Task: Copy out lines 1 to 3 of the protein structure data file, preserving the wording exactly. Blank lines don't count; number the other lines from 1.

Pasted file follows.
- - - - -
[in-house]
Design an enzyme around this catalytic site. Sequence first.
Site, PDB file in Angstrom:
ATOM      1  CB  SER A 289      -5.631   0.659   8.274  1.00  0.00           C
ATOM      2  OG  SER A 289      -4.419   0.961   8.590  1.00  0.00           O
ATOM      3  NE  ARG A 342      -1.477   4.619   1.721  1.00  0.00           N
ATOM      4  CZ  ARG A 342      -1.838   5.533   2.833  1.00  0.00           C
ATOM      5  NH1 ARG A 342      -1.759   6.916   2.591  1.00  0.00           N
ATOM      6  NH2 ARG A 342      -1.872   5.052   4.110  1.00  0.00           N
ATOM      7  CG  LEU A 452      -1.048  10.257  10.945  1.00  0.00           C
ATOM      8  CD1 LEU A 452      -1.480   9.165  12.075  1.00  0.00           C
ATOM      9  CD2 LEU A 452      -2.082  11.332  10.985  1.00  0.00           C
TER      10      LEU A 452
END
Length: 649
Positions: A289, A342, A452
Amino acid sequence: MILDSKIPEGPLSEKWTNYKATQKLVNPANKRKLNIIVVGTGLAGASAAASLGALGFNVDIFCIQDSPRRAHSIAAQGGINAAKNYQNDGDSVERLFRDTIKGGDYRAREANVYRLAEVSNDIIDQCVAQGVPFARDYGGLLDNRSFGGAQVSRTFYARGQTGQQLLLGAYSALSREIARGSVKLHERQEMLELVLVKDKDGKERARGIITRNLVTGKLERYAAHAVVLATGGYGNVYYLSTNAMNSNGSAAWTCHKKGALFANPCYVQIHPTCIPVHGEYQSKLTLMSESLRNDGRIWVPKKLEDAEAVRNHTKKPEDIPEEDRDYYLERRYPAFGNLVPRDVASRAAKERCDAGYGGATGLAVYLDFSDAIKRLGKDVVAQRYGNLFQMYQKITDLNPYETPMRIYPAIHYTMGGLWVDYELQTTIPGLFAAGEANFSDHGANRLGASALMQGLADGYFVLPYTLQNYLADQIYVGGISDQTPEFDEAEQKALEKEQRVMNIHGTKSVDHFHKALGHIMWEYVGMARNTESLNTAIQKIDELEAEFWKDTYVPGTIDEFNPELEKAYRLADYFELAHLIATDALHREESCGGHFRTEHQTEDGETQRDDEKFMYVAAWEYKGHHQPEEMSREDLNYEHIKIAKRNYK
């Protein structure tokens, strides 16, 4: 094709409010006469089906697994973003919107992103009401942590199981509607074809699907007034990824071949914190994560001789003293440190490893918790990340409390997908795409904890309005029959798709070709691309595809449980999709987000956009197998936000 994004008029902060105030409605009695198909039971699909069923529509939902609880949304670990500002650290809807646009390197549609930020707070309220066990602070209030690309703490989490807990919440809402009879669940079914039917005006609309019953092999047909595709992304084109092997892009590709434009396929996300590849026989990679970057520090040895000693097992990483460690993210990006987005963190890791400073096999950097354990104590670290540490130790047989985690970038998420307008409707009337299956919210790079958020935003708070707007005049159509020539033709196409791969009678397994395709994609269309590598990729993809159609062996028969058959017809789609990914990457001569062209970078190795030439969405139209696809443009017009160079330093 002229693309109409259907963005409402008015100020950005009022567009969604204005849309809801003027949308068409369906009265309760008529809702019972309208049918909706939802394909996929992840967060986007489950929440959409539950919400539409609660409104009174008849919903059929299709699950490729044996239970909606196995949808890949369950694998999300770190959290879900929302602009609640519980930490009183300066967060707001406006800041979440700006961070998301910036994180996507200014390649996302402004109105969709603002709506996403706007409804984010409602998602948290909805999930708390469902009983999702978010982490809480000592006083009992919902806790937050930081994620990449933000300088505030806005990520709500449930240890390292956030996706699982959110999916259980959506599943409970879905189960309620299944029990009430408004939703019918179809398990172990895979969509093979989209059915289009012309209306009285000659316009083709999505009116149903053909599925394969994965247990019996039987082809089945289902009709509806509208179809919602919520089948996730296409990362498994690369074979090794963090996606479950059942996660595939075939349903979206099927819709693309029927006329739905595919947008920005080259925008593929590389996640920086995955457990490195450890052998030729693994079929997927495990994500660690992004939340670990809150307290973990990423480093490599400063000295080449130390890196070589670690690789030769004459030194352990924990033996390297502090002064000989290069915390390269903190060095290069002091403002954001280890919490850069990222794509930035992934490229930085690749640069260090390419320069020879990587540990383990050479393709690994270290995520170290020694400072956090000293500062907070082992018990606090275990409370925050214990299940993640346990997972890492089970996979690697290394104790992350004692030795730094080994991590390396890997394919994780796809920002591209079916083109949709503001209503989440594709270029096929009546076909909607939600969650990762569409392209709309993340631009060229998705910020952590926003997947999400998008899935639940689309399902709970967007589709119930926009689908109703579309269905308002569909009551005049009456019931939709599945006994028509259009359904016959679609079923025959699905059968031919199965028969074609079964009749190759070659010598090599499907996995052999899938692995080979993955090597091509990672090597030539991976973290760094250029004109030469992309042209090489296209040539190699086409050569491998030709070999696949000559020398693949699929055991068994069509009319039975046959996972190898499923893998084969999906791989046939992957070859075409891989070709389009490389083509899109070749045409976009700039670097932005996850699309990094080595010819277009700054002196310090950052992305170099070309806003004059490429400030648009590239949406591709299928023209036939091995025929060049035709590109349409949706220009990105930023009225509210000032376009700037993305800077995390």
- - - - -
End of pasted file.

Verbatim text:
[in-house]
Design an enzyme around this catalytic site. Sequence first.
Site, PDB file in Angstrom: